Editorial - No mystery to Millennials

Just think of young people as smarter versions of yourself.
Patrick Flannery
August 16, 2017
By
Still lots of expert talk about Millennials. No seminar program at a large event is complete without sessions telling us how to motivate them, how to retain them, how to find them and how to sell to them. What do they want? What do they like?
One pictures a curious crowd of Baby Boomers peering through the glass at a captive Millennial in a zoo, wondering what it eats. We’ve been guilty of this here at Canadian Rental Service. Our August issue celebrating young rental people, ironically enough, attracted some blowback from Millennials who perceived a condescending tone to an expert article offering older business owners advice on how to handle them. I’d like to set the record straight regarding my own views.

I don’t think the habits of Millennials can be all that exotic since they are, at the end of the day, simply young people. You know, like everyone was. Many of the complaints and observations I’ve read about Millennials are simply reruns of the same comments every generation has made about the one following. Compared to us, the young people are always lazy, irresponsible, intellectually shallow and focused on all the wrong things. Some of this is accurate, as young people are young people and by definition still have much to learn. And some of it is unfair and, dare I say, motivated by jealousy.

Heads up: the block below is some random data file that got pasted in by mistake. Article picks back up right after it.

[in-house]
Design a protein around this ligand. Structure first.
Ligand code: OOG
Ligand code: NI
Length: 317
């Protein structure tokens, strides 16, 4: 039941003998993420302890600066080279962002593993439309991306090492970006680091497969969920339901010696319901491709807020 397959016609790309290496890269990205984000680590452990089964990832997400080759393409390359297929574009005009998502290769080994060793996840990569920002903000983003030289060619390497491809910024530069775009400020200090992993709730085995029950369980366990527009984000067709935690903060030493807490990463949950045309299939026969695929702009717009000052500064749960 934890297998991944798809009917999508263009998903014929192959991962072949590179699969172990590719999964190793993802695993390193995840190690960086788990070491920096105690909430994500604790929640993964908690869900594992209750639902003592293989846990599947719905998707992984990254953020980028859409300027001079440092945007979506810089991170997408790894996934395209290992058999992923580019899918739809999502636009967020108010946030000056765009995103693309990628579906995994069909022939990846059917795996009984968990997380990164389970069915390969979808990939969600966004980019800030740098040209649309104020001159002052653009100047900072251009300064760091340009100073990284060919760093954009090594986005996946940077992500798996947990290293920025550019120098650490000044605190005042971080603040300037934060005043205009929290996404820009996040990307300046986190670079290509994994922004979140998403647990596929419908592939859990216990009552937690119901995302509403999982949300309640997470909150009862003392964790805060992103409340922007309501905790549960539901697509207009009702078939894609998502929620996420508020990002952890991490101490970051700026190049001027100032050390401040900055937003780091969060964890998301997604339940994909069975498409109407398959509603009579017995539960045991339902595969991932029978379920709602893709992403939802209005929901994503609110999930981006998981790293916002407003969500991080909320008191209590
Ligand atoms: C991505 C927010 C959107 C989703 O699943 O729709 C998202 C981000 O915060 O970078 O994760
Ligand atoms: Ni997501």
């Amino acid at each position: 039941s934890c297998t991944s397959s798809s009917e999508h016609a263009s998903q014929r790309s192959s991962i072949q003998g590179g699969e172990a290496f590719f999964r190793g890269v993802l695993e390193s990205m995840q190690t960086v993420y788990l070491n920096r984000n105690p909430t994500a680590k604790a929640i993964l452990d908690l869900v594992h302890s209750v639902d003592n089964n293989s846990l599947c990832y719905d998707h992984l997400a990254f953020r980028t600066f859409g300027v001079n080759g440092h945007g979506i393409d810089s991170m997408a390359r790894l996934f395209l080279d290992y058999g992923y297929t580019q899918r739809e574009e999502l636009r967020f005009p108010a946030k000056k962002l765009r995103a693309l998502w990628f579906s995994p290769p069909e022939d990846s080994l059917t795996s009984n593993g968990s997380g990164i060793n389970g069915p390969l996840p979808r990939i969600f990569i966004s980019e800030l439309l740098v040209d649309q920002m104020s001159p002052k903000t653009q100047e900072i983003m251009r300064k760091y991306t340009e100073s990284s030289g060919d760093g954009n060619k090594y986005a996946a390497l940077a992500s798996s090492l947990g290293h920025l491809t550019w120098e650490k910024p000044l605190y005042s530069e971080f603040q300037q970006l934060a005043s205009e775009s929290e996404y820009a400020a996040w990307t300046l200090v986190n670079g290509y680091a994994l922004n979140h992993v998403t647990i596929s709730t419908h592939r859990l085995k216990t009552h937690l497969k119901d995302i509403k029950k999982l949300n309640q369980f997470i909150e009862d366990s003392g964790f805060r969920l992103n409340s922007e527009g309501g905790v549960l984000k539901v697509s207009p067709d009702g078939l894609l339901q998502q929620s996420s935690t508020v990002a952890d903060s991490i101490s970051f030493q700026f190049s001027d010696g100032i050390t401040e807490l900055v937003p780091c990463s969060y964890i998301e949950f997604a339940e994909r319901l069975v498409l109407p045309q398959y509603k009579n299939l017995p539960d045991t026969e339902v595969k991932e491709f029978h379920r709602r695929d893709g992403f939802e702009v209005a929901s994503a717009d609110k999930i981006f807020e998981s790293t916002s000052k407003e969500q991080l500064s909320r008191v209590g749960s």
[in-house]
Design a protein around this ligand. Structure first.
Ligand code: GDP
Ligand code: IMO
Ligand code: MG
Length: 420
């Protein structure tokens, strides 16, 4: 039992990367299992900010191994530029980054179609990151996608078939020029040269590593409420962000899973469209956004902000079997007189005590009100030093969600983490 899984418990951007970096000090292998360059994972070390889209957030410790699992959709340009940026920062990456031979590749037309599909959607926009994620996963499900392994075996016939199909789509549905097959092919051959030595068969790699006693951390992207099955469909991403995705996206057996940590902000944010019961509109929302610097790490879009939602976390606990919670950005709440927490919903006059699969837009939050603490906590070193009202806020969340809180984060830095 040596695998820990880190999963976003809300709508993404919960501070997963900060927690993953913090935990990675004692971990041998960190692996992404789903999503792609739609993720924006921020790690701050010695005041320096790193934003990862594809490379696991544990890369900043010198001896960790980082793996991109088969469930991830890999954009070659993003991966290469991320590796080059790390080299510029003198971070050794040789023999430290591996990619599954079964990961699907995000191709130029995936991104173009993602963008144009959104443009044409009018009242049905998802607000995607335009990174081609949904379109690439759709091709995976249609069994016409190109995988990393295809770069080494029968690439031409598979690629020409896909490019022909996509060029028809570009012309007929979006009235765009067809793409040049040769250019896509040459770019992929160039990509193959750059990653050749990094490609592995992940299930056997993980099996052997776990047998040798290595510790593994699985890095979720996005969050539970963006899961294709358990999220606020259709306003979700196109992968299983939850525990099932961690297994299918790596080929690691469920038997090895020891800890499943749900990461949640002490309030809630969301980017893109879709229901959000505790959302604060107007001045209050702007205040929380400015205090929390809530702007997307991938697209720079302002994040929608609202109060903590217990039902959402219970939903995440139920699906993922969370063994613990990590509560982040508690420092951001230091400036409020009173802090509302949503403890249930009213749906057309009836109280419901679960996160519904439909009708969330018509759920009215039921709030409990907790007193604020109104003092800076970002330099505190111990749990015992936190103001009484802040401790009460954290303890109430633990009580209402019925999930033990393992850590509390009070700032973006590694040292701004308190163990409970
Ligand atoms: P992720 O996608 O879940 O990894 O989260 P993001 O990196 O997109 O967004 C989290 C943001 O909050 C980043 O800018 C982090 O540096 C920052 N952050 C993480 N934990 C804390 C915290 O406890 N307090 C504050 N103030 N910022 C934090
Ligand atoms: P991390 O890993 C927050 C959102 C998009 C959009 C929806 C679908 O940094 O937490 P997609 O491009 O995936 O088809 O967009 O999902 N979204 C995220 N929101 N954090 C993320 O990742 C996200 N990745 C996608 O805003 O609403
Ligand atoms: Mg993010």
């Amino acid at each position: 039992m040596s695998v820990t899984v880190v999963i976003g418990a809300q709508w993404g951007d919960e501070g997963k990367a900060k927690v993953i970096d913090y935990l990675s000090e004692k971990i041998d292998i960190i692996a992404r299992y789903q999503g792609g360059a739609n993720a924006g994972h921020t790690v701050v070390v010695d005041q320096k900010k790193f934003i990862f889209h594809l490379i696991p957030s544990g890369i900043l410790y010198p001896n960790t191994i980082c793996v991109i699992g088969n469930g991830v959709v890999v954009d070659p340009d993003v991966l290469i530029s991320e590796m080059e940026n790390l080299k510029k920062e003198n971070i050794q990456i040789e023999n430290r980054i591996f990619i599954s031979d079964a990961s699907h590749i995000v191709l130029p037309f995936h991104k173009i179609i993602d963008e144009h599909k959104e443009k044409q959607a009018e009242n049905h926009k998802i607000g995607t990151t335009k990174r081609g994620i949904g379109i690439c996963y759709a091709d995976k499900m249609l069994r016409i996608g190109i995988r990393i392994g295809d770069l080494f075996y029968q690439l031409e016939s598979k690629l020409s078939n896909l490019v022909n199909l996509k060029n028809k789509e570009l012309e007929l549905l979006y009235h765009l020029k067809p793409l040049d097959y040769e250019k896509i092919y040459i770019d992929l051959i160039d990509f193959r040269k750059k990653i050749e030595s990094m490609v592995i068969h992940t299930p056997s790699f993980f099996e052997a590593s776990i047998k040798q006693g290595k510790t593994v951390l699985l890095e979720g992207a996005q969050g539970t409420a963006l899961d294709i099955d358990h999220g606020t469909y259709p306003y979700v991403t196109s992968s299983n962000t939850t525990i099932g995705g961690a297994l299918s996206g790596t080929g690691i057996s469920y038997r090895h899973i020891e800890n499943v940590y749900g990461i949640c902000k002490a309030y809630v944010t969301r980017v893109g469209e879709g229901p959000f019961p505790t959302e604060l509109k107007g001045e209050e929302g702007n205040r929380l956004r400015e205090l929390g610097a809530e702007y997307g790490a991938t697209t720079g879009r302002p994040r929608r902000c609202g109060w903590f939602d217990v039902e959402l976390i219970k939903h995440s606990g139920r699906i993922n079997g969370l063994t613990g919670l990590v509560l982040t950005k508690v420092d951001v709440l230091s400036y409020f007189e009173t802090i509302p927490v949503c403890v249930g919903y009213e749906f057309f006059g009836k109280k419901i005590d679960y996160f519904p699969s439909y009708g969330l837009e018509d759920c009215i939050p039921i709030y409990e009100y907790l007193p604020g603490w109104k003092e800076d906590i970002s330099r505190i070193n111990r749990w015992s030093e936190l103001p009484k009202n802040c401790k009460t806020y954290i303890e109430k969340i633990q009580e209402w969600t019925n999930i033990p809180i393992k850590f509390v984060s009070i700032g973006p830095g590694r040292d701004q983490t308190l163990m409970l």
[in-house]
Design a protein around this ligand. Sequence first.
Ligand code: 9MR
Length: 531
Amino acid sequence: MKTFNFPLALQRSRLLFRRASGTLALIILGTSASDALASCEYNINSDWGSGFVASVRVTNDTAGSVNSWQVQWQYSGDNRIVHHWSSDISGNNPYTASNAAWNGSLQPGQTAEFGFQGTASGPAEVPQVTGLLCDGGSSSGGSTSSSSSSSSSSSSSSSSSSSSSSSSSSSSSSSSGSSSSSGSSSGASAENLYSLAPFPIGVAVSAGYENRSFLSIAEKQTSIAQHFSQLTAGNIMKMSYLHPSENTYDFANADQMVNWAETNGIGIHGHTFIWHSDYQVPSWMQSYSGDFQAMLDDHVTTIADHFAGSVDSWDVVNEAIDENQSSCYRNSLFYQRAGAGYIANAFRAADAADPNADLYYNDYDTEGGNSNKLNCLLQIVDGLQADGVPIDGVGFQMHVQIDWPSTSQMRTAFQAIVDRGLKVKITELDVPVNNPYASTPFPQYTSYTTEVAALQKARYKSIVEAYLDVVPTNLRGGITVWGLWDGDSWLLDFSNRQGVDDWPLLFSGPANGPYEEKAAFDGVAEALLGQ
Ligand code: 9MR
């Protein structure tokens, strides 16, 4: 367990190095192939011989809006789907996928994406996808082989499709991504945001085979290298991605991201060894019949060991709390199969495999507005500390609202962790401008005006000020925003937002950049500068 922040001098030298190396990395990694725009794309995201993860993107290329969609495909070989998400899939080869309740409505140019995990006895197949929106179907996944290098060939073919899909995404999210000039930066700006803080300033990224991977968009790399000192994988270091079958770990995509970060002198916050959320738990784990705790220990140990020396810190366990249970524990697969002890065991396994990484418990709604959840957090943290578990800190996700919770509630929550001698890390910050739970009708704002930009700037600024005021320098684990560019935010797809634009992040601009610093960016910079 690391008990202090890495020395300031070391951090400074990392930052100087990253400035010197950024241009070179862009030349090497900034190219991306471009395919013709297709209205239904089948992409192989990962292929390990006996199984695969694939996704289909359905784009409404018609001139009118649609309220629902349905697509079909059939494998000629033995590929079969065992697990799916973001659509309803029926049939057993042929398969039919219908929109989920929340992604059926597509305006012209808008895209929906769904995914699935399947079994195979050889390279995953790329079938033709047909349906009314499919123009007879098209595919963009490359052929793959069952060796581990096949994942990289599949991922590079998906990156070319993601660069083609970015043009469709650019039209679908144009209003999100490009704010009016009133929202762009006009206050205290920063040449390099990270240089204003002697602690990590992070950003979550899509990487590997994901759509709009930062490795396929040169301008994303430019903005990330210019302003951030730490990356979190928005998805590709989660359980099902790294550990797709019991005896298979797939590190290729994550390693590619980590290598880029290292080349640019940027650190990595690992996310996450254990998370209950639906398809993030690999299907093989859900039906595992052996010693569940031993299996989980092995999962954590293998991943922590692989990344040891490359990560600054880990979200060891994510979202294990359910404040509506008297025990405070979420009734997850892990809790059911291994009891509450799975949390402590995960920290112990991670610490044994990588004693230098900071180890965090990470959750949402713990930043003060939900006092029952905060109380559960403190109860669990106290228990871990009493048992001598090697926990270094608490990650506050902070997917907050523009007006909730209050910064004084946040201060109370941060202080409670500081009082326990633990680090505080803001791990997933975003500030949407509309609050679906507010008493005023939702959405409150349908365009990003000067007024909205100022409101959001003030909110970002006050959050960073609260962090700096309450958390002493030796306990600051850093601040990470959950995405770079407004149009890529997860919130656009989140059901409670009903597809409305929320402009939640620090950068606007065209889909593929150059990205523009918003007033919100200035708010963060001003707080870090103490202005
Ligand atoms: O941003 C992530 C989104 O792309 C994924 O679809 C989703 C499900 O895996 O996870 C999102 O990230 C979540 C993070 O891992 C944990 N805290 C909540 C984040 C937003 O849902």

My observation of young people coming out of schools today is that they are superior to people my age in almost every respect. Smart, good-looking and remarkably healthy emotionally. Fewer problems with law-breaking, violence and substance abuse. Better educated. They lack only experience. Yes, the period of adolescence has been extended in this age of plenty and few Millennials are as committed to mortgages, careers and families as some of us were at the same age. Is this a sign of weak character or greater intelligence? People today can expect to live almost 10 years longer than they could when I was in my 20s. It sure makes more sense to me to use that time to extend your period of freedom and fun when you are young than to extend your time in the retirement home at the other end.

Here’s a quote from Frank Martin, University of South Carolina head basketball coach: “You know what makes me sick to my stomach? When I hear grown people say that kids have changed. Kids haven’t changed. Kids don’t know anything about anything. We’ve changed as adults. We demand less of kids. We expect less of kids. We make their lives easier instead of preparing them for what life is truly about. We’re the ones that have changed.”

So if young people haven’t changed, why are business owners having such a struggle reaching them? It’s because the kids’ circumstances have changed and they are, as I opined above, smarter, better balanced and possessing a clearer sense of their own self-interest. They are not going to accept unpleasant working conditions because of some hard-work ethic designed to benefit the employer and not the employee. They are not going to sacrifice their experience today in order to get ahead at a company because they have no illusions about loyalty. They know they will likely jump from company to company for many years before settling into a long-term position. They don’t trust employers to reward loyalty with loyalty and they understand that the financial and economic conditions around a business will determine whether they have a job or not. And they have options.

Bottom line: they value their time highly and won’t be taken advantage of. Millennials are mostly the same as any other generation and want all the same things. They are just a heck of a lot better at getting them.

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